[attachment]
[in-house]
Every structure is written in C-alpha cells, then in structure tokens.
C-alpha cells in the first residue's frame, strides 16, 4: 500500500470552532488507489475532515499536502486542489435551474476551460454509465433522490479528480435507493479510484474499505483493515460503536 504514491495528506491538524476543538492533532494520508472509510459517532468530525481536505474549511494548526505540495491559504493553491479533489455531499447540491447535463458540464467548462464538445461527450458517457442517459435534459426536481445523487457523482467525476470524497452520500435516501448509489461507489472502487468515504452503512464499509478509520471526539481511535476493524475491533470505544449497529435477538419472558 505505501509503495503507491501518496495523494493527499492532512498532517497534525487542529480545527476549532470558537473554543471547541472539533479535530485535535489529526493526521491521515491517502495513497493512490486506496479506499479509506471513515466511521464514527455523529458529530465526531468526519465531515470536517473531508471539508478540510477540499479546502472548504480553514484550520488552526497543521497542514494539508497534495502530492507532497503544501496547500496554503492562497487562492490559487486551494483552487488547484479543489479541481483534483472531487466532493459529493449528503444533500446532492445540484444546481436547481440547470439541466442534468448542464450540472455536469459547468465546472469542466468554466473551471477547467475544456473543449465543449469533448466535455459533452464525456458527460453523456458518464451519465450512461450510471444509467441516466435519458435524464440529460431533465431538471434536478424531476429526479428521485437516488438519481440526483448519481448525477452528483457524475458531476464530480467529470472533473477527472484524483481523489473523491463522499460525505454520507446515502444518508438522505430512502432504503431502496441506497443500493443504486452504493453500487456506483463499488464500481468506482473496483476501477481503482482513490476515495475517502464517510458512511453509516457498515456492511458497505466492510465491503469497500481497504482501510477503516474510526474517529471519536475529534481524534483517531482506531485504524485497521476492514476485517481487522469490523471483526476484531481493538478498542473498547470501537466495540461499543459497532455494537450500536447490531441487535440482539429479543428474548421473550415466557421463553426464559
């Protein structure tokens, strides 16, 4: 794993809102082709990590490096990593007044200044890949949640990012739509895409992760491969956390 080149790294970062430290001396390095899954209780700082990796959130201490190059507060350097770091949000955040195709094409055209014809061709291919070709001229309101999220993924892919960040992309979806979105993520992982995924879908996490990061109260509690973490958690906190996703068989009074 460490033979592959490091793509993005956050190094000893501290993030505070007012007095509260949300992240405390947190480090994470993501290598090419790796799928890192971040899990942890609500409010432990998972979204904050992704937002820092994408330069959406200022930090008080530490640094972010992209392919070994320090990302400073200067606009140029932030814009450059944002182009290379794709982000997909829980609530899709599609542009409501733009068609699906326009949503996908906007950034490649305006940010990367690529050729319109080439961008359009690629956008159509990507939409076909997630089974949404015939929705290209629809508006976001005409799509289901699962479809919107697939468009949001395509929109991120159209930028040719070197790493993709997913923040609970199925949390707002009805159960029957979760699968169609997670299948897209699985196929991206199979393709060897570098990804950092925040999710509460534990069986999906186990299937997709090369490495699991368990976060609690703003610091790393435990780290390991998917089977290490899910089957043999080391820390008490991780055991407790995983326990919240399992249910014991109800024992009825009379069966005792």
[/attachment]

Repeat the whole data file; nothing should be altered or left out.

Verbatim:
[in-house]
Every structure is written in C-alpha cells, then in structure tokens.
C-alpha cells in the first residue's frame, strides 16, 4: 500500500470552532488507489475532515499536502486542489435551474476551460454509465433522490479528480435507493479510484474499505483493515460503536 504514491495528506491538524476543538492533532494520508472509510459517532468530525481536505474549511494548526505540495491559504493553491479533489455531499447540491447535463458540464467548462464538445461527450458517457442517459435534459426536481445523487457523482467525476470524497452520500435516501448509489461507489472502487468515504452503512464499509478509520471526539481511535476493524475491533470505544449497529435477538419472558 505505501509503495503507491501518496495523494493527499492532512498532517497534525487542529480545527476549532470558537473554543471547541472539533479535530485535535489529526493526521491521515491517502495513497493512490486506496479506499479509506471513515466511521464514527455523529458529530465526531468526519465531515470536517473531508471539508478540510477540499479546502472548504480553514484550520488552526497543521497542514494539508497534495502530492507532497503544501496547500496554503492562497487562492490559487486551494483552487488547484479543489479541481483534483472531487466532493459529493449528503444533500446532492445540484444546481436547481440547470439541466442534468448542464450540472455536469459547468465546472469542466468554466473551471477547467475544456473543449465543449469533448466535455459533452464525456458527460453523456458518464451519465450512461450510471444509467441516466435519458435524464440529460431533465431538471434536478424531476429526479428521485437516488438519481440526483448519481448525477452528483457524475458531476464530480467529470472533473477527472484524483481523489473523491463522499460525505454520507446515502444518508438522505430512502432504503431502496441506497443500493443504486452504493453500487456506483463499488464500481468506482473496483476501477481503482482513490476515495475517502464517510458512511453509516457498515456492511458497505466492510465491503469497500481497504482501510477503516474510526474517529471519536475529534481524534483517531482506531485504524485497521476492514476485517481487522469490523471483526476484531481493538478498542473498547470501537466495540461499543459497532455494537450500536447490531441487535440482539429479543428474548421473550415466557421463553426464559
């Protein structure tokens, strides 16, 4: 794993809102082709990590490096990593007044200044890949949640990012739509895409992760491969956390 080149790294970062430290001396390095899954209780700082990796959130201490190059507060350097770091949000955040195709094409055209014809061709291919070709001229309101999220993924892919960040992309979806979105993520992982995924879908996490990061109260509690973490958690906190996703068989009074 460490033979592959490091793509993005956050190094000893501290993030505070007012007095509260949300992240405390947190480090994470993501290598090419790796799928890192971040899990942890609500409010432990998972979204904050992704937002820092994408330069959406200022930090008080530490640094972010992209392919070994320090990302400073200067606009140029932030814009450059944002182009290379794709982000997909829980609530899709599609542009409501733009068609699906326009949503996908906007950034490649305006940010990367690529050729319109080439961008359009690629956008159509990507939409076909997630089974949404015939929705290209629809508006976001005409799509289901699962479809919107697939468009949001395509929109991120159209930028040719070197790493993709997913923040609970199925949390707002009805159960029957979760699968169609997670299948897209699985196929991206199979393709060897570098990804950092925040999710509460534990069986999906186990299937997709090369490495699991368990976060609690703003610091790393435990780290390991998917089977290490899910089957043999080391820390008490991780055991407790995983326990919240399992249910014991109800024992009825009379069966005792």